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My child is getting ready to take the WISC for a gifted assessment. He is a complex person and I am concerned about what I should tell him about the test process. For background, you should know that he is the youngest of two boys. His older brother is gifted and is extremely competitive….
Question: My child is getting ready to take the WISC for a gifted assessment. He is a complex person and I am concerned about what I should tell him about the test process. For background, you should know that he is the youngest of two boys. His older brother is gifted and is extremely competitive. Despite all of our family’s attempts to curb my older son’s competitive nature, he persists in turning everything into a game with “winners” and “losers.” To make matters worse, my older son is very athletic and my younger son has had some balance and coordination problems due to chronic ear infections. As a result, my younger son is easily frustrated and will give up if he perceives any hint of something challenging. He is reluctant to try any new activity and is a great perfectionist. No matter how many times my husband and I have explained that his older brother is two years older and very different person, my younger son holds himself to the same performance standard as his older brother. My younger son is a very bright child and has been reading since he was three. He learned this on his own, and I made no attempt to teach him. However, he is an analytical and introspective child who does not like to be the center of attention. He also has a highly developed sense of humor and likes to turn things into jokes. I had to tell his kindergarten teacher that he could read, because my son would not read in front of her. She was trying to teach him the alphabet and he was already reading chapter books. I know that my younger son is bright and, intellectually, he is certainly ready to take the test. But I am concerned about what to tell him the test IS. If I say it is just a pleasant meeting with a nice lady who will play some logic games with him, he will get bored and not take it seriously. On the other hand, if I tell him it is a test of some kind, he will become anxious and probably give up the first time he encounters a difficult question. Please help!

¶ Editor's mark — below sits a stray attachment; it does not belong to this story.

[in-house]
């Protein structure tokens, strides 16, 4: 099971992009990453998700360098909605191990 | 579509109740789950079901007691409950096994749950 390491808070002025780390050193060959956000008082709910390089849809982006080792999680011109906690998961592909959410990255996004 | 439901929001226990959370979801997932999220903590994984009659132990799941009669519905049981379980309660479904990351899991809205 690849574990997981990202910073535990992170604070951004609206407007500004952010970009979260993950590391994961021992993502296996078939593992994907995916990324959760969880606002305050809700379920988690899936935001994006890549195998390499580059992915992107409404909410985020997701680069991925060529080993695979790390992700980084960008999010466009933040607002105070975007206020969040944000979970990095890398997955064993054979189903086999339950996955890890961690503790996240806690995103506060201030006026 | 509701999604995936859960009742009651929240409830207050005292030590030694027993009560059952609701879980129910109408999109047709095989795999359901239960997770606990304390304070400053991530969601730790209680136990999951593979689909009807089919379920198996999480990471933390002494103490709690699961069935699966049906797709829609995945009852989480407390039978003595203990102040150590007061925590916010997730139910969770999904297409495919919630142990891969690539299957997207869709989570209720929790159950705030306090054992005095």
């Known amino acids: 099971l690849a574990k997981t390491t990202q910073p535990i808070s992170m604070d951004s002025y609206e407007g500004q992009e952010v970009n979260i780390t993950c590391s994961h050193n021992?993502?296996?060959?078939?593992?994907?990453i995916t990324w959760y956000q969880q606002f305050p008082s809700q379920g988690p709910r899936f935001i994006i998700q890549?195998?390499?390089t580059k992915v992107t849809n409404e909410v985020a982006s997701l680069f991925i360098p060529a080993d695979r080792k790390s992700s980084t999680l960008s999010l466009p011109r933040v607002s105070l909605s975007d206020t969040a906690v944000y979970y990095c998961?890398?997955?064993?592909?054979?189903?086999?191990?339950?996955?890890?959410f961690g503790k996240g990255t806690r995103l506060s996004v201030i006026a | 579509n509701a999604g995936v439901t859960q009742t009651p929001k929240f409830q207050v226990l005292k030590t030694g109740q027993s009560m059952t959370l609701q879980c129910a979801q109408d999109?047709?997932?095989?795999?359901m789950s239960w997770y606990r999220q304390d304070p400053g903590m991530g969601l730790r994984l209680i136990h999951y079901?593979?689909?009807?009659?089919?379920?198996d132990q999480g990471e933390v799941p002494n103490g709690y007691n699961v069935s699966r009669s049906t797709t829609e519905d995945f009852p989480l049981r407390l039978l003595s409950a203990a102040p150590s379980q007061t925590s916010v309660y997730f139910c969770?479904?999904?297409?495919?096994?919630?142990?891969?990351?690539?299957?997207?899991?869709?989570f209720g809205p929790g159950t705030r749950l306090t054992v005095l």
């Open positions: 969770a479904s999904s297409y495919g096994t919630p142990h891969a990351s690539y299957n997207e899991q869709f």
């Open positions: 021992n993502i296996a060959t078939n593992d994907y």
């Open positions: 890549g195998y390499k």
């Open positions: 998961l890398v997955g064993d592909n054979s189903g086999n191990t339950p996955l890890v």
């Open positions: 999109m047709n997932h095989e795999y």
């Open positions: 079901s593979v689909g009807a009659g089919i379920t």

Dr. Har’s answer
It is not uncommon for gifted children to experience feelings of anxiety or intense worries of needing to be “perfect” sometimes. As this mom has observed, such feelings can often lead to children actively avoiding or refusing to try activities if they think they will not be able to do them well, or if they think they won’t be the “best.” In my own research, I have found that one strategy that encourages kids to participate is to explain to them that they are helping someone else learn about children. For instance, in this case, mom can tell the younger son that he will be talking to a researcher or scientist who is interested in how kids learn and figure things out (which would be 100% true), and that he would be helping to contribute to what the world knows about kids and how they grow up, and that, therefore, he would be an important part of science and learning by participating. Kids (even young ones) understand the concept of “help” very well, and so if the situation is presented in this manner, it should positively encourage the younger son a great deal.